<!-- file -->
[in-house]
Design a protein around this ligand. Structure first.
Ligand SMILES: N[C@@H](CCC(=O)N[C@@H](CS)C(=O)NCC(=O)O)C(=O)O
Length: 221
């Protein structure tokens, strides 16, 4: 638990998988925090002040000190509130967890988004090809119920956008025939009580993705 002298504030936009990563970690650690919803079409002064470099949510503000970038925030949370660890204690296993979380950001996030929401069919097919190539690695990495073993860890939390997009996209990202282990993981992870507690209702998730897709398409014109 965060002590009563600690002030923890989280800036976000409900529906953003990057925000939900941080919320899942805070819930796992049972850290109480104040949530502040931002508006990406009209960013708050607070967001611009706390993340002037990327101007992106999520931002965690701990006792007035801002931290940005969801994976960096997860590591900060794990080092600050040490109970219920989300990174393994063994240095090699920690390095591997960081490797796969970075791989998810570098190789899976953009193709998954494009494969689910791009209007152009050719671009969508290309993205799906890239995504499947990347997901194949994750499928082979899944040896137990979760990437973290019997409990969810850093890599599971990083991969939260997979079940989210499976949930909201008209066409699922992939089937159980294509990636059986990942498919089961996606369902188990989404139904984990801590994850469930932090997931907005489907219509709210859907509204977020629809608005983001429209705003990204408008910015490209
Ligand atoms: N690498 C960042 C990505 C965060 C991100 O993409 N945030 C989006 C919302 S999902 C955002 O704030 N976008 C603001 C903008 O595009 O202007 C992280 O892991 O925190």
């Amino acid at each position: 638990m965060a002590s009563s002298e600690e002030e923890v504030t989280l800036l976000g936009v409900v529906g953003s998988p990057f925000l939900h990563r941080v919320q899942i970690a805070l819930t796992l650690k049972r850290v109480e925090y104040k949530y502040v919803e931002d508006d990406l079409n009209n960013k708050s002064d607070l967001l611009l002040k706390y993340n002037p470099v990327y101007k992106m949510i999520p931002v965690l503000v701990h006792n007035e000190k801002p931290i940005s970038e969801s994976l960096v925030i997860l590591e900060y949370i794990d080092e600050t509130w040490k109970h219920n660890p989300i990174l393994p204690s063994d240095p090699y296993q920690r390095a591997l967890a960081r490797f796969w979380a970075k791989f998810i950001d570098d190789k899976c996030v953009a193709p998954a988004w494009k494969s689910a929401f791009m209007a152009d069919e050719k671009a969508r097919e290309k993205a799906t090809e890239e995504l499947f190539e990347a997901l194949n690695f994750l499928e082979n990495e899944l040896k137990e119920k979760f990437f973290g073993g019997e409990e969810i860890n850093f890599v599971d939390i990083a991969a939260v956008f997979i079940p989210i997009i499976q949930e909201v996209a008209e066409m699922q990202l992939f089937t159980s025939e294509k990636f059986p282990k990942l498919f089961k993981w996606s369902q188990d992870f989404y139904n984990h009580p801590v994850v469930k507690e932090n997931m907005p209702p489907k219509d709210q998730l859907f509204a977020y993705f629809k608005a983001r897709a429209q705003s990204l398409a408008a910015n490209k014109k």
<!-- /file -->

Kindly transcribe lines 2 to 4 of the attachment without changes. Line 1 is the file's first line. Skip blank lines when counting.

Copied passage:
Design a protein around this ligand. Structure first.
Ligand SMILES: N[C@@H](CCC(=O)N[C@@H](CS)C(=O)NCC(=O)O)C(=O)O
Length: 221